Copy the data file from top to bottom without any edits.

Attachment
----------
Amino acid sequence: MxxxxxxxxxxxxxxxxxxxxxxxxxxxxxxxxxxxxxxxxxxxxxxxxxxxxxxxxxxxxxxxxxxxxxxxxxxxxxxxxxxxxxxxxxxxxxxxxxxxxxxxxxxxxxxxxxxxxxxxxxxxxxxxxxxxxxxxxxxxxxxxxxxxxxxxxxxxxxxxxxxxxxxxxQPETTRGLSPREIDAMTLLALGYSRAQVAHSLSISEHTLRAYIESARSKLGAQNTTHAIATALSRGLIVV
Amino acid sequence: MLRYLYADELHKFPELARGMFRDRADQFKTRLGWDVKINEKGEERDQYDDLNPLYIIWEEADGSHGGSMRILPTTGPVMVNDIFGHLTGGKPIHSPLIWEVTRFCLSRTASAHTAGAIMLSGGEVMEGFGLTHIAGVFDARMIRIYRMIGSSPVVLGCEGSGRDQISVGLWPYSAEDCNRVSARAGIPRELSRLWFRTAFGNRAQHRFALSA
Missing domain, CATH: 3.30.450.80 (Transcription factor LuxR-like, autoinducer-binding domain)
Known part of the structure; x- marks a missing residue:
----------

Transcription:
Amino acid sequence: MxxxxxxxxxxxxxxxxxxxxxxxxxxxxxxxxxxxxxxxxxxxxxxxxxxxxxxxxxxxxxxxxxxxxxxxxxxxxxxxxxxxxxxxxxxxxxxxxxxxxxxxxxxxxxxxxxxxxxxxxxxxxxxxxxxxxxxxxxxxxxxxxxxxxxxxxxxxxxxxxxxxxxxxxQPETTRGLSPREIDAMTLLALGYSRAQVAHSLSISEHTLRAYIESARSKLGAQNTTHAIATALSRGLIVV
Amino acid sequence: MLRYLYADELHKFPELARGMFRDRADQFKTRLGWDVKINEKGEERDQYDDLNPLYIIWEEADGSHGGSMRILPTTGPVMVNDIFGHLTGGKPIHSPLIWEVTRFCLSRTASAHTAGAIMLSGGEVMEGFGLTHIAGVFDARMIRIYRMIGSSPVVLGCEGSGRDQISVGLWPYSAEDCNRVSARAGIPRELSRLWFRTAFGNRAQHRFALSA
Missing domain, CATH: 3.30.450.80 (Transcription factor LuxR-like, autoinducer-binding domain)
Known part of the structure; x- marks a missing residue: